AUBURN, Maine — The first thing that jumps out at a visitor to the Remedy Compassion Center is how neat and clean it is. The walls are an immaculate blue from floor to ceiling, and the freshly carpeted main room is vast and almost empty.
The second thing one notices is the distinctly herby, faint odor of fresh-cut marijuana.
The center is, after all, a medical marijuana dispensary and, given the controversial nature of the treatment — or business — being conducted here, the impression of spotlessness is no accident.
"We wanted it to be a setting where it would be like going to a pharmacy," said Tim Smale, who opened the facility after struggling for years to obtain marijuana legally as a remedy for his own recurring migraine headaches.
"There's tens of thousands of people like me who don't have a place to go for medicine, so it's all about creating a place for patients to go and find a safe and trusted source."
California more than a decade ago became the first state to legalize medical marijuana, which has long been hailed for its role in preventing nausea and vomiting in cancer patients and easing the symptoms of others suffering from a variety of diseases and ailments.
Since 16 states and the District have legalized the drug for anyone with a doctor's note, the debate over marijuana's gradual decriminalization is flowering on a national scale. Critics say the lax and haphazard laws in early states such as California have tainted the concept for Maine and other states seeking more orderly and regulated processes.
There has been a backlash of sorts. In Montana, where voters approved the concept in a 2004 referendum, medical marijuana advocates have gone to court against a law enacted by the Legislative Assembly designed to sharply restrict the number of people who qualify for the treatment and ban large growing operations in the state.
Mr. Smale's dispensary is one of the first on the East Coast, putting Maine at the forefront of a slippery legal dispute within the Obama administration and with state lawmakers over how far the states can go before violating federal drug laws.
"Where do we go from here? It's a good question," said Jessica A. Smith, a Justice Department spokeswoman, who noted that marijuana remains illegal under federal law even as more states vote to legalize it as a medical palliative.
The issue has become particularly sticky since 2009 when U.S. Deputy Attorney General David W. Ogden issued a memo reminding federal prosecutors that "no state can authorize violations of federal law."
Although the memo advised U.S. attorneys not to target individuals acting in compliance "with existing state laws providing for the medical use of marijuana," news of the Ogden memo sent jolts of paranoia through states.
Rhode Island Gov. Lincoln Chafee, an independent, declared an indefinite halt last month to his state's plan to open three medical marijuana dispensaries.
His office had received a letter from Rhode Island U.S. Attorney Peter F. Nehronha asserting that "growing, distributing, and possessing marijuana in any capacity, other than as part of a federally authorized research program, is a violation of federal law regardless of state laws permitting such activities."
Lawmakers in Maine, however, were unfazed by a similarly worded letter sent by Maine U.S. Attorney Thomas E. Delahanty.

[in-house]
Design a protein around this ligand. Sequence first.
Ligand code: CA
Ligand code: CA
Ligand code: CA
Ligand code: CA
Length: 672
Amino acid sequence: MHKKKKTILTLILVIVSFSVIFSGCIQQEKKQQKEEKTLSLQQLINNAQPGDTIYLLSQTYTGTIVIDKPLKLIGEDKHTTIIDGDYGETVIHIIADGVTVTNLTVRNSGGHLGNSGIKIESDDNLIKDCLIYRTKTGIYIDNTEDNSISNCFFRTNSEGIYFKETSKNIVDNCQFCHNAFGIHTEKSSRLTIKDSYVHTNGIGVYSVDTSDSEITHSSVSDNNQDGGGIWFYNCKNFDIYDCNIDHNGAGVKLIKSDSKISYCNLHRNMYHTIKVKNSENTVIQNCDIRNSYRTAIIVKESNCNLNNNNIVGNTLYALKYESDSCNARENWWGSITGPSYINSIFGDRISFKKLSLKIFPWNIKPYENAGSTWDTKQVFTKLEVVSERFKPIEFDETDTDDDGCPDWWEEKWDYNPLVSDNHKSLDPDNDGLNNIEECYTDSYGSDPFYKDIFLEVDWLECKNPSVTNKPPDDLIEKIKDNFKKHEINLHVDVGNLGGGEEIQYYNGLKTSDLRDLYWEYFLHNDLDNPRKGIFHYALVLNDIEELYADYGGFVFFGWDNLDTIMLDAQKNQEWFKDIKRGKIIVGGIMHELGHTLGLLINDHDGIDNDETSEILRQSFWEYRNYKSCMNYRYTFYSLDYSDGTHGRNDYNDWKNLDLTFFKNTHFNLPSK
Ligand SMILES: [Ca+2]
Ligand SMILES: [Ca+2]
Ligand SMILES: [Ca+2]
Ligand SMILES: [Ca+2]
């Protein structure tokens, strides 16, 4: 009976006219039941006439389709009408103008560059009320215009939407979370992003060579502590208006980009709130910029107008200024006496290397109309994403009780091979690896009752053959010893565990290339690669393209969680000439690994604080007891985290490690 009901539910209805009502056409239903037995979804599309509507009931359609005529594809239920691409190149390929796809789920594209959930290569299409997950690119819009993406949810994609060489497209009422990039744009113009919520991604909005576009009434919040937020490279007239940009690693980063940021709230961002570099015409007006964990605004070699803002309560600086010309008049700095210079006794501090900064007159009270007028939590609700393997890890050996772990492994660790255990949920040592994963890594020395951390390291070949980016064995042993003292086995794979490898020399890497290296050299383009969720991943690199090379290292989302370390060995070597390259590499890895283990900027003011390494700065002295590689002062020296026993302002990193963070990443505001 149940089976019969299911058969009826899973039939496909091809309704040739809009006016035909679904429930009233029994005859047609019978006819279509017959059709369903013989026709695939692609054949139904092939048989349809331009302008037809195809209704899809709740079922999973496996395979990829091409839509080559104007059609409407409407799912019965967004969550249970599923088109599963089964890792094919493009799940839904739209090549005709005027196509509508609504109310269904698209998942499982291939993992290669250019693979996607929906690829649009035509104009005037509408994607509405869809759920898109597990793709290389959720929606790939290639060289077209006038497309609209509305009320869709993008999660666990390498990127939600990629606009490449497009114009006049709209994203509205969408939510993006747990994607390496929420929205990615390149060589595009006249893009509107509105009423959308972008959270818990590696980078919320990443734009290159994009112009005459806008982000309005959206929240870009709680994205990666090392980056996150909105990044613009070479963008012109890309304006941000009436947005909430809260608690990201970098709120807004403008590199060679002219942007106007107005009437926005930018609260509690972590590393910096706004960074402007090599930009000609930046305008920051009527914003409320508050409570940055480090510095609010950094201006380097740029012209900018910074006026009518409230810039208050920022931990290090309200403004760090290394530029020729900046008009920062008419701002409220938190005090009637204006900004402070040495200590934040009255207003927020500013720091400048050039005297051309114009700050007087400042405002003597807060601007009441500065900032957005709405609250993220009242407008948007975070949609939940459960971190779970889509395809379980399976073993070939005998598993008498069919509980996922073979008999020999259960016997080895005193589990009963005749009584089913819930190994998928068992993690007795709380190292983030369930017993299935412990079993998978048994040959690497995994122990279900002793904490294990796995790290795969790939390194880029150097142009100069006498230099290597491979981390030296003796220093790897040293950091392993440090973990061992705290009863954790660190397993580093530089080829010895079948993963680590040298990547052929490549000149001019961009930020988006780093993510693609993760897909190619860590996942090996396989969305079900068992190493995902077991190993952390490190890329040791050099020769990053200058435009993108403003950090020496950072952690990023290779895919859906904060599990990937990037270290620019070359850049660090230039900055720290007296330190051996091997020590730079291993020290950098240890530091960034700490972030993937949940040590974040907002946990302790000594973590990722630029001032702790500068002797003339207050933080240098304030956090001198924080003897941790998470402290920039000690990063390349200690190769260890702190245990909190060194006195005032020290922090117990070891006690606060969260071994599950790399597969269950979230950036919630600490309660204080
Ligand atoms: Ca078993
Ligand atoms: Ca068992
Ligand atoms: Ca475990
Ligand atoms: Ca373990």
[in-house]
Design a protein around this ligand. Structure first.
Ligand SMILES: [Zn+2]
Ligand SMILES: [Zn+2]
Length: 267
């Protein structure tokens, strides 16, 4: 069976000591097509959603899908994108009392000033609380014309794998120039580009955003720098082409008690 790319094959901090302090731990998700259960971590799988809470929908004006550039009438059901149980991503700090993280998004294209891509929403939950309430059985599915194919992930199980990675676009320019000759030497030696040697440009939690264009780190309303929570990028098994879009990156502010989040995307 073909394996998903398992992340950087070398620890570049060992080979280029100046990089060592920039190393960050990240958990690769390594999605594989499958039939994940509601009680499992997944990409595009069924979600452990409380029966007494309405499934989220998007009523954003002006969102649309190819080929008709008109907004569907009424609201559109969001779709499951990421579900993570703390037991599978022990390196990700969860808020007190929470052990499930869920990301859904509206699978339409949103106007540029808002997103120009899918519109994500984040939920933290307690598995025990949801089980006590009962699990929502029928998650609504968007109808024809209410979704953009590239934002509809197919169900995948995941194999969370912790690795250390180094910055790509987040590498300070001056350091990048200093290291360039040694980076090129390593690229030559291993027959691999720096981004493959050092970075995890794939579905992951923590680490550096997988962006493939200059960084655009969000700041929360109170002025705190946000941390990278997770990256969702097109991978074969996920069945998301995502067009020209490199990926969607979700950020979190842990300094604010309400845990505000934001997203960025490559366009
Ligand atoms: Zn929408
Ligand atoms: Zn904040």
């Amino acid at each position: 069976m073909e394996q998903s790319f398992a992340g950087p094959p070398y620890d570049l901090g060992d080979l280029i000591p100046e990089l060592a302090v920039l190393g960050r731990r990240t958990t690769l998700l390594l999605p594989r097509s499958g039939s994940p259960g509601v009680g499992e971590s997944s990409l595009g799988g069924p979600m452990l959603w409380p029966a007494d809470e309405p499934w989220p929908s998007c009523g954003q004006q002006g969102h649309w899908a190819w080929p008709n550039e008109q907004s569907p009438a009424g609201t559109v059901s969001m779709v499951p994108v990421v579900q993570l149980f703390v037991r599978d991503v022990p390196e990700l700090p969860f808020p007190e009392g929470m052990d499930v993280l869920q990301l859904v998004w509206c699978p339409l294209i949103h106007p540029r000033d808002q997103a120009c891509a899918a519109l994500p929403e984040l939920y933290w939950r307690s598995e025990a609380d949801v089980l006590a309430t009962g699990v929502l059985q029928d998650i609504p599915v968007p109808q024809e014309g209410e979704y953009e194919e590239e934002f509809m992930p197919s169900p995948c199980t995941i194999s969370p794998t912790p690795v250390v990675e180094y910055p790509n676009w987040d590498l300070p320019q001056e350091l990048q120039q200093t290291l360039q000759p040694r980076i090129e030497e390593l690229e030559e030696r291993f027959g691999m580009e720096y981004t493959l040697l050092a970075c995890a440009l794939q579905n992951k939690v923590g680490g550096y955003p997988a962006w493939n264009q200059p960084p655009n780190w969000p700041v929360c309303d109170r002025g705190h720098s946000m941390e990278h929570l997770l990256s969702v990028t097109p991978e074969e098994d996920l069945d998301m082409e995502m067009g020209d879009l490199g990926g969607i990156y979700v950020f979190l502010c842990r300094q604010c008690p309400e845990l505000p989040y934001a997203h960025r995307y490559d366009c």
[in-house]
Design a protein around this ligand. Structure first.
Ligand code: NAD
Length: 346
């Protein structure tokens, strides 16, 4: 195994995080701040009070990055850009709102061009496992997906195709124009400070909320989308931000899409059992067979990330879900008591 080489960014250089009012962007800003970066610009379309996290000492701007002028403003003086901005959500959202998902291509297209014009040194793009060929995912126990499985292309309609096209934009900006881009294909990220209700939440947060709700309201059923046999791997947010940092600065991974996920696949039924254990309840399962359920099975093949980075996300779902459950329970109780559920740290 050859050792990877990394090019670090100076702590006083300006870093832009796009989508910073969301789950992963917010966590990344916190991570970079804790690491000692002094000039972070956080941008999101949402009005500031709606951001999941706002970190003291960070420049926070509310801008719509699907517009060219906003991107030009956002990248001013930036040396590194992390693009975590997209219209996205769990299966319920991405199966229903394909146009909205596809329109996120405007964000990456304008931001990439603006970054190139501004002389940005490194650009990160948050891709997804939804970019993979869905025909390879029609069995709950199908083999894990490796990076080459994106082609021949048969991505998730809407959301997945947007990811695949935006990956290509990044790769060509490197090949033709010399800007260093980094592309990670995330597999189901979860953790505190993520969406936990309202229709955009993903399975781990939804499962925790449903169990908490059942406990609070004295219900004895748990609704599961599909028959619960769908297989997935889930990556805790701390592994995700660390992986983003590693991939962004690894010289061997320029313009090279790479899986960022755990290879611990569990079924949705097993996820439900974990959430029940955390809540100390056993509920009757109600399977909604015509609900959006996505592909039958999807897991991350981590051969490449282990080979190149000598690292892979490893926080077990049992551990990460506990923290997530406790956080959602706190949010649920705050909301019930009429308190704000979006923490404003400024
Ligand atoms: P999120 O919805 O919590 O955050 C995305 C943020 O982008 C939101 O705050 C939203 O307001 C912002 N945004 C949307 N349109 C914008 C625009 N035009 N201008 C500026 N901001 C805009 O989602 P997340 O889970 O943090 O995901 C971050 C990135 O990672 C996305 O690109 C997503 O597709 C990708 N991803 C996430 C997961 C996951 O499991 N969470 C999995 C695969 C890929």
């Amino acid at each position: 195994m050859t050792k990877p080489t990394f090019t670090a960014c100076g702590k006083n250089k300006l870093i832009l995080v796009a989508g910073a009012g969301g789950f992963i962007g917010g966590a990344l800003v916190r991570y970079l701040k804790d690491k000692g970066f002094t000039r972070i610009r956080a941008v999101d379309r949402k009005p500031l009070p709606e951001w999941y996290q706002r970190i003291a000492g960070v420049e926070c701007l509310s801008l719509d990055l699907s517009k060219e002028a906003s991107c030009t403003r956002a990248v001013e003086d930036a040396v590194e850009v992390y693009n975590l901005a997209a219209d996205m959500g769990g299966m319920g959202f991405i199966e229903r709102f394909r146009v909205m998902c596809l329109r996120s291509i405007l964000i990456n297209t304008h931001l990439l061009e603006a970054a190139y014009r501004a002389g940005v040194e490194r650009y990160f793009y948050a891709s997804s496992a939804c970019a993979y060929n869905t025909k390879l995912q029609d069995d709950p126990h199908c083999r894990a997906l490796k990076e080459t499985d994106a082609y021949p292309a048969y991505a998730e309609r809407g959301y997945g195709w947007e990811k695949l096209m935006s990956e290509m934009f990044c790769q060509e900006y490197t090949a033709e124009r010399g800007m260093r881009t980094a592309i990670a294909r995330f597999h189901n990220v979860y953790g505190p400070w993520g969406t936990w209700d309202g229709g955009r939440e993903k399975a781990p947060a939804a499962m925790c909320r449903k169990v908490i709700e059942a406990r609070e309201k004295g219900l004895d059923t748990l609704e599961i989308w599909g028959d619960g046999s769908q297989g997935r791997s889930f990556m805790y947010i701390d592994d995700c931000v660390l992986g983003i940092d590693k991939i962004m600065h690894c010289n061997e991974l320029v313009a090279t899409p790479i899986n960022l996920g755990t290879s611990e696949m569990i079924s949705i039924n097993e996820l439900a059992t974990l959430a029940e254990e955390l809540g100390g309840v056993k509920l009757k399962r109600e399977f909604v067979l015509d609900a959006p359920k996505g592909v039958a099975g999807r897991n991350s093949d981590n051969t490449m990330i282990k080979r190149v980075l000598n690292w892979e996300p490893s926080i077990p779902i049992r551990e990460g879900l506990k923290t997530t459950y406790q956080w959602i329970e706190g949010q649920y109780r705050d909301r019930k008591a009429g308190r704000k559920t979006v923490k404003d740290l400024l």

"I don't know why, but we haven't seemed to have the trouble with the feds that the other states have," said John Thiele, a program manager at Maine's Department of Health and Human Services, which oversees the registration of medical marijuana users.
A bill to clarify the rights of medical marijuana users is working its way through the state Legislature this month. Its provisions include a ban of police seizure of marijuana from legally qualified patients and dispensers, and it forbids local Maine jurisdictions from adopting standards tougher than state law.
Three of eight dispensaries certified by the state have opened in recent weeks, and approximately 1,460 patients have been registered since Maine passed its medical marijuana law in 2009.
More than 100 have signed up to buy marijuana at the Remedy Compassion Center, where Mr. Smale said the state could become a model for the nation.
"California didn't have any rules and, as a result, the dispensaries flourished, with hundreds opening under a hodgepodge of local rules," he said. "It didn't set a very good precedent for the country. Maine has an opportunity to blaze a different path."
What is unique about the state's law, Mr. Smale said, is that it "created at completely closed-loop system, and I think that's the beauty of it for America."
Maine allows registered patients to either grow a small number of marijuana plants or buy from a registered caregiver or dispensary.
Although annual registration costs $15,000 for dispensaries and $100 for patients, it remains to be seen how profitable it may be for the state, which also collects a 5 percent sales tax.
"It's too early to say that we're making a lot of money," said Mr. Thiele. "The state is going to have to spend more money to make sure it can regulate this in an effective and efficient manner."
Another issue is the morally uncertain position for state officials when deciding who qualifies for medical marijuana.
One official in Maine, wishing not to be identified, said the state was caught in such position this month over what to tell a doctor who had recommended medical marijuana for a 17-month-old baby with a brain tumor. The official refused to provide further details, citing issues of doctor-patient confidentiality.
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